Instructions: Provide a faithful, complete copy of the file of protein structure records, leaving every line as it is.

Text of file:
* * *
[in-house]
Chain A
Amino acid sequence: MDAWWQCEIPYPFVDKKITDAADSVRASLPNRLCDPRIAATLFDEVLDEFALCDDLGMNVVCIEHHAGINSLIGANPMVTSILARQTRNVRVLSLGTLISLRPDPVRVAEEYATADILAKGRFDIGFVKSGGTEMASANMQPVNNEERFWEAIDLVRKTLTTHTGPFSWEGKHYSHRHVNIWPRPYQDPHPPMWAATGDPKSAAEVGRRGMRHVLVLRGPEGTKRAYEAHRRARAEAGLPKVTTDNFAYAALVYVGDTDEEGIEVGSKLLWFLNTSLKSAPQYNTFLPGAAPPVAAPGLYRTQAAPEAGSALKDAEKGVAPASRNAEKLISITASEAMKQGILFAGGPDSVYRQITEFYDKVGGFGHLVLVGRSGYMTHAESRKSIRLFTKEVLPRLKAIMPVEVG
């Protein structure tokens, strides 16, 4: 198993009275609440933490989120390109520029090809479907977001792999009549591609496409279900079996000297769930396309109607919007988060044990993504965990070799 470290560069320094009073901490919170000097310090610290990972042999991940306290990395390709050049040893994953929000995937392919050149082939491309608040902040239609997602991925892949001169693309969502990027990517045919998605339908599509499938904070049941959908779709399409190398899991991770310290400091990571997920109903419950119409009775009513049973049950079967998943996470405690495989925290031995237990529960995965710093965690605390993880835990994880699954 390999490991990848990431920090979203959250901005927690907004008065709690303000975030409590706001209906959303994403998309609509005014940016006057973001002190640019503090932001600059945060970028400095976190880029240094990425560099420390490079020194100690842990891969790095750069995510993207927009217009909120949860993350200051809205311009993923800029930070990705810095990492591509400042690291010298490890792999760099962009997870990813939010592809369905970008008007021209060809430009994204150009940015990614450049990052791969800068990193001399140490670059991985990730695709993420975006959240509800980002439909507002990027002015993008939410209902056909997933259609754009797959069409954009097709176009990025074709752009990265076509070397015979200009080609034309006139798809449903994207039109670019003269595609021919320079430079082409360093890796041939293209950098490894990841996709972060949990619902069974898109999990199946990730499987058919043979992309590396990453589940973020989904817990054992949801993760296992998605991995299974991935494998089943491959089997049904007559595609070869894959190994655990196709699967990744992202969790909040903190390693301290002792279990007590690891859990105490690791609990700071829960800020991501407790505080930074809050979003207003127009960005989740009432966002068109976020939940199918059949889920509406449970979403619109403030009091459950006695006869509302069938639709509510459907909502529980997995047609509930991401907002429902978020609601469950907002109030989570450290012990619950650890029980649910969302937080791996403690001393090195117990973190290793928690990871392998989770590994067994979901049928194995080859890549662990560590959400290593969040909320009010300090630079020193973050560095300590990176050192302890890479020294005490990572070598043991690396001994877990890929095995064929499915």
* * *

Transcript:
[in-house]
Chain A
Amino acid sequence: MDAWWQCEIPYPFVDKKITDAADSVRASLPNRLCDPRIAATLFDEVLDEFALCDDLGMNVVCIEHHAGINSLIGANPMVTSILARQTRNVRVLSLGTLISLRPDPVRVAEEYATADILAKGRFDIGFVKSGGTEMASANMQPVNNEERFWEAIDLVRKTLTTHTGPFSWEGKHYSHRHVNIWPRPYQDPHPPMWAATGDPKSAAEVGRRGMRHVLVLRGPEGTKRAYEAHRRARAEAGLPKVTTDNFAYAALVYVGDTDEEGIEVGSKLLWFLNTSLKSAPQYNTFLPGAAPPVAAPGLYRTQAAPEAGSALKDAEKGVAPASRNAEKLISITASEAMKQGILFAGGPDSVYRQITEFYDKVGGFGHLVLVGRSGYMTHAESRKSIRLFTKEVLPRLKAIMPVEVG
């Protein structure tokens, strides 16, 4: 198993009275609440933490989120390109520029090809479907977001792999009549591609496409279900079996000297769930396309109607919007988060044990993504965990070799 470290560069320094009073901490919170000097310090610290990972042999991940306290990395390709050049040893994953929000995937392919050149082939491309608040902040239609997602991925892949001169693309969502990027990517045919998605339908599509499938904070049941959908779709399409190398899991991770310290400091990571997920109903419950119409009775009513049973049950079967998943996470405690495989925290031995237990529960995965710093965690605390993880835990994880699954 390999490991990848990431920090979203959250901005927690907004008065709690303000975030409590706001209906959303994403998309609509005014940016006057973001002190640019503090932001600059945060970028400095976190880029240094990425560099420390490079020194100690842990891969790095750069995510993207927009217009909120949860993350200051809205311009993923800029930070990705810095990492591509400042690291010298490890792999760099962009997870990813939010592809369905970008008007021209060809430009994204150009940015990614450049990052791969800068990193001399140490670059991985990730695709993420975006959240509800980002439909507002990027002015993008939410209902056909997933259609754009797959069409954009097709176009990025074709752009990265076509070397015979200009080609034309006139798809449903994207039109670019003269595609021919320079430079082409360093890796041939293209950098490894990841996709972060949990619902069974898109999990199946990730499987058919043979992309590396990453589940973020989904817990054992949801993760296992998605991995299974991935494998089943491959089997049904007559595609070869894959190994655990196709699967990744992202969790909040903190390693301290002792279990007590690891859990105490690791609990700071829960800020991501407790505080930074809050979003207003127009960005989740009432966002068109976020939940199918059949889920509406449970979403619109403030009091459950006695006869509302069938639709509510459907909502529980997995047609509930991401907002429902978020609601469950907002109030989570450290012990619950650890029980649910969302937080791996403690001393090195117990973190290793928690990871392998989770590994067994979901049928194995080859890549662990560590959400290593969040909320009010300090630079020193973050560095300590990176050192302890890479020294005490990572070598043991690396001994877990890929095995064929499915």